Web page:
Packet Rat: The Rat helps IRS mix oil and water

(GCN Illustration by Michael J. Bechetti)

No federal agency is taken to the woodshed more often than the IRS. Always cast as the bad guy, the tax agency gets beaten up when it doesn't do its job, and it gets beaten up when it does its job too well.

This year, with corporate crooks crawling out of the woodwork and Congress in the mood for a good bashing of the Enrons of this world'just in time for November elections'it looked as if the revenuers' leash might loosen a bit.

'And that means a return to random audits,' the whiskered one's buddy said. 'Just to get a good cross-section of the country so we can catch cheats better.'

With the support of a couple of powerful lawmakers, random auditing could pick up steam soon. And that would mean dusting off the old random number generator to choose the lucky taxpayers.

Which was the reason for the Rat's impromptu coffee meeting. Since the last random audits in 1988, the IRS has managed to implement a lot of technological changes despite interest groups' efforts to hamstring it. But the methods used to pick random victims, er, citizens for audits haven't been touched.

'Almost no computer-generated random numbers are really random,' the Rat warned. 'All such programs take a seed number from somewhere, such as a system's clock. But you need a truly arbitrary seed number every time.'

The wirebiter drummed his claws. 'SGI used to have a random-number site that got its seed number from images of an array of lava lamps,' he recalled. 'They shut that down because they thought it might be a legal liability if someone actually depended on it. But I heard some of the former lavaheads have a new site almost ready, at LavaRnd.org.'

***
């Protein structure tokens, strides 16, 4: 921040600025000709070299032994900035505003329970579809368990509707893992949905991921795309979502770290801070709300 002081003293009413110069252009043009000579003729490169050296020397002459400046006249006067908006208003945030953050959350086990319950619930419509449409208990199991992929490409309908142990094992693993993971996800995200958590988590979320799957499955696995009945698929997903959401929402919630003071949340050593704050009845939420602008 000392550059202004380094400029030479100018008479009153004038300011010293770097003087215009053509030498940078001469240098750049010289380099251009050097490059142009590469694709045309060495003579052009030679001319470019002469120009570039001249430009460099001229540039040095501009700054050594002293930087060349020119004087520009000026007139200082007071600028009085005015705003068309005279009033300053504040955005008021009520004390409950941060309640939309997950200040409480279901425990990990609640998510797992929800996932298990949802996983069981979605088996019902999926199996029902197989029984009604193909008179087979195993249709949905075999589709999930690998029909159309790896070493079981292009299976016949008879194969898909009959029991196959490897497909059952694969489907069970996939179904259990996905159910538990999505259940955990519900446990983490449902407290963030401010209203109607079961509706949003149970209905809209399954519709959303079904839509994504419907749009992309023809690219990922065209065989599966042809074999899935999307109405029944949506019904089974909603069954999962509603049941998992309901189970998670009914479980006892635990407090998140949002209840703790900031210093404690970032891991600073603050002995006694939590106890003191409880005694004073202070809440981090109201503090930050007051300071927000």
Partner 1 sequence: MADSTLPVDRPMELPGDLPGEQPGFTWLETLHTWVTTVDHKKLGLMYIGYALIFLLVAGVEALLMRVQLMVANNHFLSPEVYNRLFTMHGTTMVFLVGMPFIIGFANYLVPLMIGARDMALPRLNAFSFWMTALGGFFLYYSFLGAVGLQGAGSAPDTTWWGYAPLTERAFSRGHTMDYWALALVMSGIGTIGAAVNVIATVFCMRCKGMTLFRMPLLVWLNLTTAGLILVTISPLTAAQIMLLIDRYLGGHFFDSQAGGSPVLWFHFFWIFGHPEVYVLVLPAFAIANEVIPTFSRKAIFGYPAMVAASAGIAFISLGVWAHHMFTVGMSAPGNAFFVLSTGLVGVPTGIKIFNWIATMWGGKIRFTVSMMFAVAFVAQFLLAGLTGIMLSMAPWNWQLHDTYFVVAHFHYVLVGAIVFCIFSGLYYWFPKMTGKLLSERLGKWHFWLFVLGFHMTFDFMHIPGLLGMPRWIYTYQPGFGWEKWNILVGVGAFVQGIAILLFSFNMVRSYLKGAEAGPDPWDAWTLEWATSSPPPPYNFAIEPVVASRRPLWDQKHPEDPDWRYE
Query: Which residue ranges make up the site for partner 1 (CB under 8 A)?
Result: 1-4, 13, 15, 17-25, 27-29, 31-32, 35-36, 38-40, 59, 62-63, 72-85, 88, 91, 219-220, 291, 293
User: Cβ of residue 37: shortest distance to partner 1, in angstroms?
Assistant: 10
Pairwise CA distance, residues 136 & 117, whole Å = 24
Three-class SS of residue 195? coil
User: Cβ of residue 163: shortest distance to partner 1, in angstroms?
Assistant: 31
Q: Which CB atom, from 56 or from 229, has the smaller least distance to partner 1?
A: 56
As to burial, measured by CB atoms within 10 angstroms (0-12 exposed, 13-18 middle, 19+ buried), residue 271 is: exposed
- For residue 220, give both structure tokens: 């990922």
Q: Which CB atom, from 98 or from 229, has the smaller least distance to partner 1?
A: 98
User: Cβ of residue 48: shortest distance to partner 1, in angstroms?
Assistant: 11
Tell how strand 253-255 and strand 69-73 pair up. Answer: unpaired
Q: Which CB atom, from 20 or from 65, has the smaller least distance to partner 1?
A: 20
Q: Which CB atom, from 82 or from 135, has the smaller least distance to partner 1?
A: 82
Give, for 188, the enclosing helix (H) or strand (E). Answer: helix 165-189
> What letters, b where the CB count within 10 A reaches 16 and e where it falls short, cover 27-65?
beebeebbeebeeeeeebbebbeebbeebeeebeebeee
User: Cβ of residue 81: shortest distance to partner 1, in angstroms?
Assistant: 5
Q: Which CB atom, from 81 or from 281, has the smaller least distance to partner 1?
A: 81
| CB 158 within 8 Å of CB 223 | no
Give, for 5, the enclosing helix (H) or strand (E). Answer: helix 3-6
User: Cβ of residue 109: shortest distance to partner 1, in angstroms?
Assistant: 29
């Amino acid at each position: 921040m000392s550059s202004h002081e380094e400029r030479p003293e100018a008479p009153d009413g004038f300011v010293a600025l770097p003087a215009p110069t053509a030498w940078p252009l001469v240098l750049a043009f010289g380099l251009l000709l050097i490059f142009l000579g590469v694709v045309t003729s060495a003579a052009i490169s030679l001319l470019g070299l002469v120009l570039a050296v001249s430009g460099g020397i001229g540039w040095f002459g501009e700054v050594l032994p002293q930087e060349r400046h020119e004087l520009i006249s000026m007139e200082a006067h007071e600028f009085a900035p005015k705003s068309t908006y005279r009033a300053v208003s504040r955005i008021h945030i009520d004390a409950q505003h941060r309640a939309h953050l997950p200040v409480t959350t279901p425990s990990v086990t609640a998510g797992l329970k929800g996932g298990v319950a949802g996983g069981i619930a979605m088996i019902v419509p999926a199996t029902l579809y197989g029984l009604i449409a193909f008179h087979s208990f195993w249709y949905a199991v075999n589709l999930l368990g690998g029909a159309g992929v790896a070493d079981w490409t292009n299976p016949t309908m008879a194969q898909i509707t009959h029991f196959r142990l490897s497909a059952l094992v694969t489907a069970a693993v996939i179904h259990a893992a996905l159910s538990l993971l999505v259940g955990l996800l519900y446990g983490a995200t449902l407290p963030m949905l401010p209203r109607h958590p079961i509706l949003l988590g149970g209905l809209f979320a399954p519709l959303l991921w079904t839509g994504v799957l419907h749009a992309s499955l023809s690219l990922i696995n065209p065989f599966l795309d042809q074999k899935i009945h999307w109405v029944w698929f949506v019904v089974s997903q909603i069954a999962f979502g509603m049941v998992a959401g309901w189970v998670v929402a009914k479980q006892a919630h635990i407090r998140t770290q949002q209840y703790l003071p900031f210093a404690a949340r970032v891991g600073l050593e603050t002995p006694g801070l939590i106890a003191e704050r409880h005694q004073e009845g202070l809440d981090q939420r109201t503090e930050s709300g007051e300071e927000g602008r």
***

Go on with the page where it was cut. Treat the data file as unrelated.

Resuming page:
The Rat's buddy shook his head and said, 'I don't think we could use an outside source for this.'

'But the lava lamp may be the way to go,' the Rat argued, 'because there's a high layer of abstraction, and you can't really influence it toward a specific result. '

'What are you saying?' his friend demanded. 'That someone at the IRS would want to jigger the system to make specific numbers come up?'

'No, no,' the Rat soothed. 'I'm saying that someone outside the IRS might be able to ensure that their own Social Security number didn't come up.' He pulled up several scientific research articles on the subject of the mind's power over matter.

'According to this article, some guys at Princeton proved that the results of random-number generators can be influenced,' the furry one continued. 'Imagine a system based on ping pong, something like PowerBall. What if millions of people were wishing with all their might that their numbers wouldn't came up'the reverse of PowerBall? Some of their numbers might still come up, but the results wouldn't be truly random.'

The Rat's friend gasped.

'But using a system based on a derivative extracted from a digital image of 12 lava lamps, what could people possibly wish about the outcome? 'I hope the orange one's wax doesn't melt too fast?' There's no way to link a desired result to the source. If you want a truly random set of numbers, you need some lava lamps. Which reminds me, can I take a deduction for my collection of lava lamps as a work-related expense now?'

The Packet Rat once managed networks but now spends his time ferreting out bad packets in cyberspace. E-mail him at rat@postnewsweektech.com.

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